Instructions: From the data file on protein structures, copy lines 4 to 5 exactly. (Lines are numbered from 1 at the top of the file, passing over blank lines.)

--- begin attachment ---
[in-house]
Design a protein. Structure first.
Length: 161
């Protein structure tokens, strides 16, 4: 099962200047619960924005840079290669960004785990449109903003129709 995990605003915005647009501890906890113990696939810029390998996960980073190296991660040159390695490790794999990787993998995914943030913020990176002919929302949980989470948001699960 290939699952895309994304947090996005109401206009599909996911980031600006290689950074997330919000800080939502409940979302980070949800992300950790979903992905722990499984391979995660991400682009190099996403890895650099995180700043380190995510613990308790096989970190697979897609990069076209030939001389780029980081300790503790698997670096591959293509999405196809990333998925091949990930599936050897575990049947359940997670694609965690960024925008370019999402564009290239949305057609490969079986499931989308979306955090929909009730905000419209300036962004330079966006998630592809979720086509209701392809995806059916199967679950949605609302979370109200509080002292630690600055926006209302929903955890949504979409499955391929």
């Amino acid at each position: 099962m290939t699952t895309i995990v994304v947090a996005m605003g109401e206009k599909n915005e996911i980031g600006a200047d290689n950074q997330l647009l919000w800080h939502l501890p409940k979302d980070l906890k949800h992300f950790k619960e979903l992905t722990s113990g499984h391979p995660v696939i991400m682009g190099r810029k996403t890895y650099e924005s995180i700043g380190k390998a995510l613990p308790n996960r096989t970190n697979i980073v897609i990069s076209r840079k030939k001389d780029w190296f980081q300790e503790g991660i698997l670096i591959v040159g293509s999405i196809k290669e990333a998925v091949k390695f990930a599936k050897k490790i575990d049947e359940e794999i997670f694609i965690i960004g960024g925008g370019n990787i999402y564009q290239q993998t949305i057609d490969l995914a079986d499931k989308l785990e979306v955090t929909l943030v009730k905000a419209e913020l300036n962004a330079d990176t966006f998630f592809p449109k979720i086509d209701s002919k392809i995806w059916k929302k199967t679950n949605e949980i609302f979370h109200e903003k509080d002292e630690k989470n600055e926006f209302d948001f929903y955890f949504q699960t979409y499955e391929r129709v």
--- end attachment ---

């Protein structure tokens, strides 16, 4: 099962200047619960924005840079290669960004785990449109903003129709 995990605003915005647009501890906890113990696939810029390998996960980073190296991660040159390695490790794999990787993998995914943030913020990176002919929302949980989470948001699960 290939699952895309994304947090996005109401206009599909996911980031600006290689950074997330919000800080939502409940979302980070949800992300950790979903992905722990499984391979995660991400682009190099996403890895650099995180700043380190995510613990308790096989970190697979897609990069076209030939001389780029980081300790503790698997670096591959293509999405196809990333998925091949990930599936050897575990049947359940997670694609965690960024925008370019999402564009290239949305057609490969079986499931989308979306955090929909009730905000419209300036962004330079966006998630592809979720086509209701392809995806059916199967679950949605609302979370109200509080002292630690600055926006209302929903955890949504979409499955391929």
């Amino acid at each position: 099962m290939t699952t895309i995990v994304v947090a996005m605003g109401e206009k599909n915005e996911i980031g600006a200047d290689n950074q997330l647009l919000w800080h939502l501890p409940k979302d980070l906890k949800h992300f950790k619960e979903l992905t722990s113990g499984h391979p995660v696939i991400m682009g190099r810029k996403t890895y650099e924005s995180i700043g380190k390998a995510l613990p308790n996960r096989t970190n697979i980073v897609i990069s076209r840079k030939k001389d780029w190296f980081q300790e503790g991660i698997l670096i591959v040159g293509s999405i196809k290669e990333a998925v091949k390695f990930a599936k050897k490790i575990d049947e359940e794999i997670f694609i965690i960004g960024g925008g370019n990787i999402y564009q290239q993998t949305i057609d490969l995914a079986d499931k989308l785990e979306v955090t929909l943030v009730k905000a419209e913020l300036n962004a330079d990176t966006f998630f592809p449109k979720i086509d209701s002919k392809i995806w059916k929302k199967t679950n949605e949980i609302f979370h109200e903003k509080d002292e630690k989470n600055e926006f209302d948001f929903y955890f949504q699960t979409y499955e391929r129709v």